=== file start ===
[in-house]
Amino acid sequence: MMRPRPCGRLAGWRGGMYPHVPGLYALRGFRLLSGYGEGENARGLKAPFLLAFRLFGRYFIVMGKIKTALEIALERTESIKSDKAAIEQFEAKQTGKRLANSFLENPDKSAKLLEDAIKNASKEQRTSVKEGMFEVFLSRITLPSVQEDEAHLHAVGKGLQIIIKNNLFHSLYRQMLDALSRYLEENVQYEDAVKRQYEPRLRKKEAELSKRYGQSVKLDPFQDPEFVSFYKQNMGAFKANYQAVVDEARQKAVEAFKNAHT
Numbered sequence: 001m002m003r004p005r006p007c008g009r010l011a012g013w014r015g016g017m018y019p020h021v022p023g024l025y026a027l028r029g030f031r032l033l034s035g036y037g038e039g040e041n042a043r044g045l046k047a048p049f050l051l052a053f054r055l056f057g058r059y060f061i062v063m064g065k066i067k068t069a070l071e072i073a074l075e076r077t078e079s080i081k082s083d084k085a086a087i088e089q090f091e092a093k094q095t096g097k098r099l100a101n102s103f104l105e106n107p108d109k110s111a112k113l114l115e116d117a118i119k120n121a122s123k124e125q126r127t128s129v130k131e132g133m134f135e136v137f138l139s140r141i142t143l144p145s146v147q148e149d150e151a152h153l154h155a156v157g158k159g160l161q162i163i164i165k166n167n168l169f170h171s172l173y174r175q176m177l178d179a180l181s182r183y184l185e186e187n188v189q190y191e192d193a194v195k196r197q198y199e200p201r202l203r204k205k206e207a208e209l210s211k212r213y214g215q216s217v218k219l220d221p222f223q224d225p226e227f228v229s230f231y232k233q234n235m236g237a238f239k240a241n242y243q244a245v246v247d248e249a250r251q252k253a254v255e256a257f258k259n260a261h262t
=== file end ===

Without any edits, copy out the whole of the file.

[in-house]
Amino acid sequence: MMRPRPCGRLAGWRGGMYPHVPGLYALRGFRLLSGYGEGENARGLKAPFLLAFRLFGRYFIVMGKIKTALEIALERTESIKSDKAAIEQFEAKQTGKRLANSFLENPDKSAKLLEDAIKNASKEQRTSVKEGMFEVFLSRITLPSVQEDEAHLHAVGKGLQIIIKNNLFHSLYRQMLDALSRYLEENVQYEDAVKRQYEPRLRKKEAELSKRYGQSVKLDPFQDPEFVSFYKQNMGAFKANYQAVVDEARQKAVEAFKNAHT
Numbered sequence: 001m002m003r004p005r006p007c008g009r010l011a012g013w014r015g016g017m018y019p020h021v022p023g024l025y026a027l028r029g030f031r032l033l034s035g036y037g038e039g040e041n042a043r044g045l046k047a048p049f050l051l052a053f054r055l056f057g058r059y060f061i062v063m064g065k066i067k068t069a070l071e072i073a074l075e076r077t078e079s080i081k082s083d084k085a086a087i088e089q090f091e092a093k094q095t096g097k098r099l100a101n102s103f104l105e106n107p108d109k110s111a112k113l114l115e116d117a118i119k120n121a122s123k124e125q126r127t128s129v130k131e132g133m134f135e136v137f138l139s140r141i142t143l144p145s146v147q148e149d150e151a152h153l154h155a156v157g158k159g160l161q162i163i164i165k166n167n168l169f170h171s172l173y174r175q176m177l178d179a180l181s182r183y184l185e186e187n188v189q190y191e192d193a194v195k196r197q198y199e200p201r202l203r204k205k206e207a208e209l210s211k212r213y214g215q216s217v218k219l220d221p222f223q224d225p226e227f228v229s230f231y232k233q234n235m236g237a238f239k240a241n242y243q244a245v246v247d248e249a250r251q252k253a254v255e256a257f258k259n260a261h262t